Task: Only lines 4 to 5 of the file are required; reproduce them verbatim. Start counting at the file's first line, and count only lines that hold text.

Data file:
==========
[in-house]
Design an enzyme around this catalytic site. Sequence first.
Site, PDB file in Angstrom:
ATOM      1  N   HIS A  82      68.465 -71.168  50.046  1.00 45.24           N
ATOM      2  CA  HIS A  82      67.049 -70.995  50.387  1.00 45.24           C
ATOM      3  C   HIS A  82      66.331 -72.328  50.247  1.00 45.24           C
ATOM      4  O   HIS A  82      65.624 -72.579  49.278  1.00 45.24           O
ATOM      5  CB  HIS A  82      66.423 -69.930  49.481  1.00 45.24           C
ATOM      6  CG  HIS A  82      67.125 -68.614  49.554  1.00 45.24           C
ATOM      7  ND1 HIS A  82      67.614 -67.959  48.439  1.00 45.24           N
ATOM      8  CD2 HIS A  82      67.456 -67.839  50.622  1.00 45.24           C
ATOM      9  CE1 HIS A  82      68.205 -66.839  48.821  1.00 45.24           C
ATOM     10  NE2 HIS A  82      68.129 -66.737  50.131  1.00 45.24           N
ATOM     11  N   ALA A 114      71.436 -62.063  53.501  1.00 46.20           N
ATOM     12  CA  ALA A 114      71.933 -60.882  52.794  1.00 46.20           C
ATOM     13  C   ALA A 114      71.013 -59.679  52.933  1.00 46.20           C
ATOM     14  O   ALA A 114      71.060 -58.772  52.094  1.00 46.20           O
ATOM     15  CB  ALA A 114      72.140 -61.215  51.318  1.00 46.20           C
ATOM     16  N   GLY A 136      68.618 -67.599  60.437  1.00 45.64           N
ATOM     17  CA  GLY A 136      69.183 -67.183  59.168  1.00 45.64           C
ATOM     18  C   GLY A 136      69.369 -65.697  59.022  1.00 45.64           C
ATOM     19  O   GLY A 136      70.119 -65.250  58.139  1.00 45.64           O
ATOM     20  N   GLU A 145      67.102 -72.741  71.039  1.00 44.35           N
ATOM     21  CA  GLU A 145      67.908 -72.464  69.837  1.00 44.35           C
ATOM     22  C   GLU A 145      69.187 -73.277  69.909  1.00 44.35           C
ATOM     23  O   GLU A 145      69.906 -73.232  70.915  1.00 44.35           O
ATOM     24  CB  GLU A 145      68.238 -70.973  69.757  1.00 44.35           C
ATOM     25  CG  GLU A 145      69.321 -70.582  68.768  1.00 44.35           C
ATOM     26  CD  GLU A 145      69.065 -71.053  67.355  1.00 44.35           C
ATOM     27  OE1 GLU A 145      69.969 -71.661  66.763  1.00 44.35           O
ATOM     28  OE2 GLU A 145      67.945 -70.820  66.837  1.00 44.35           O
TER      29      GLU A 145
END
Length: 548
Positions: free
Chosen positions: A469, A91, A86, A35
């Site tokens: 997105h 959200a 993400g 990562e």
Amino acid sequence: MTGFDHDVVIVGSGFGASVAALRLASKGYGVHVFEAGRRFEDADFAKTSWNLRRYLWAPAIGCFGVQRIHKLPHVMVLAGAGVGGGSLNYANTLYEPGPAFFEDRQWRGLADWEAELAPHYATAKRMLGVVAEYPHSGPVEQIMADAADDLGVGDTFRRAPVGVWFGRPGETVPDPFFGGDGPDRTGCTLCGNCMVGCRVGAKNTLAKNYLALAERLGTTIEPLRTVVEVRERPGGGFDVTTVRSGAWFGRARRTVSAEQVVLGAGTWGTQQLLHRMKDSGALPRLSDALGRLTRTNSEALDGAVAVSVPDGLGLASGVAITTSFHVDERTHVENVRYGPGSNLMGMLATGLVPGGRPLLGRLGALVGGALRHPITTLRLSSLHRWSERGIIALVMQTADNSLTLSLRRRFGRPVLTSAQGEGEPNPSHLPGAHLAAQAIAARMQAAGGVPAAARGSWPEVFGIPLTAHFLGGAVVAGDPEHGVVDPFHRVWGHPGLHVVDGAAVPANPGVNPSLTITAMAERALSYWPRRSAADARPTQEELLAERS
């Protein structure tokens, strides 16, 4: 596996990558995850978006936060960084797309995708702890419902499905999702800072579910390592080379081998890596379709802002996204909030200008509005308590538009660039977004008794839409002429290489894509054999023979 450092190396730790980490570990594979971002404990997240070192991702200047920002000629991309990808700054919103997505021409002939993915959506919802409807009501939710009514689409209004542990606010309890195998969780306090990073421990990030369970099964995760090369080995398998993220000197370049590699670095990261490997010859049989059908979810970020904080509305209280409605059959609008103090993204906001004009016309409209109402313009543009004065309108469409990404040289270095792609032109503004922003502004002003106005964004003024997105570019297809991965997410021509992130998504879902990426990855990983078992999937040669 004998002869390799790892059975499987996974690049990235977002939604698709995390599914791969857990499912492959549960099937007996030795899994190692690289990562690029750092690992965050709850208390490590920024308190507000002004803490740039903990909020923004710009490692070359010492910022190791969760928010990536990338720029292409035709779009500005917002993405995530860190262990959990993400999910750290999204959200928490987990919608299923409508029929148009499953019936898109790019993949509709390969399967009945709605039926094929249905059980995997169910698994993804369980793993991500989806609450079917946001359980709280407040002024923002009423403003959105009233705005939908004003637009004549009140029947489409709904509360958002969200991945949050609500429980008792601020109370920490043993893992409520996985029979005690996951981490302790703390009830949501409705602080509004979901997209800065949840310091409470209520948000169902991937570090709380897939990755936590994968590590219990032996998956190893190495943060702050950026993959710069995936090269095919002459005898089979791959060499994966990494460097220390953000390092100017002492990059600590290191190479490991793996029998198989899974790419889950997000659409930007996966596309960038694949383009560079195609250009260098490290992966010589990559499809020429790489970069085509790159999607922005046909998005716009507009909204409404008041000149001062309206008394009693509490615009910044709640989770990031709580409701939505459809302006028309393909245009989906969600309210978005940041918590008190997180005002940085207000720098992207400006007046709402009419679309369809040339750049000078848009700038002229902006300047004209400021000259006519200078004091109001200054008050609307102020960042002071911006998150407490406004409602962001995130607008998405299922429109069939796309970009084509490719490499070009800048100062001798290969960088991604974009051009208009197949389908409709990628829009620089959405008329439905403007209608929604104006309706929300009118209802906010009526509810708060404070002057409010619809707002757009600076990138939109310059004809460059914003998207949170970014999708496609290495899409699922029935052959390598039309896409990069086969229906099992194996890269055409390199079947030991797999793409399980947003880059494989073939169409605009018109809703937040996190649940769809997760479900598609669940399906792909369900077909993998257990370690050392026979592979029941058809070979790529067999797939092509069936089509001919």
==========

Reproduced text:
ATOM      1  N   HIS A  82      68.465 -71.168  50.046  1.00 45.24           N
ATOM      2  CA  HIS A  82      67.049 -70.995  50.387  1.00 45.24           C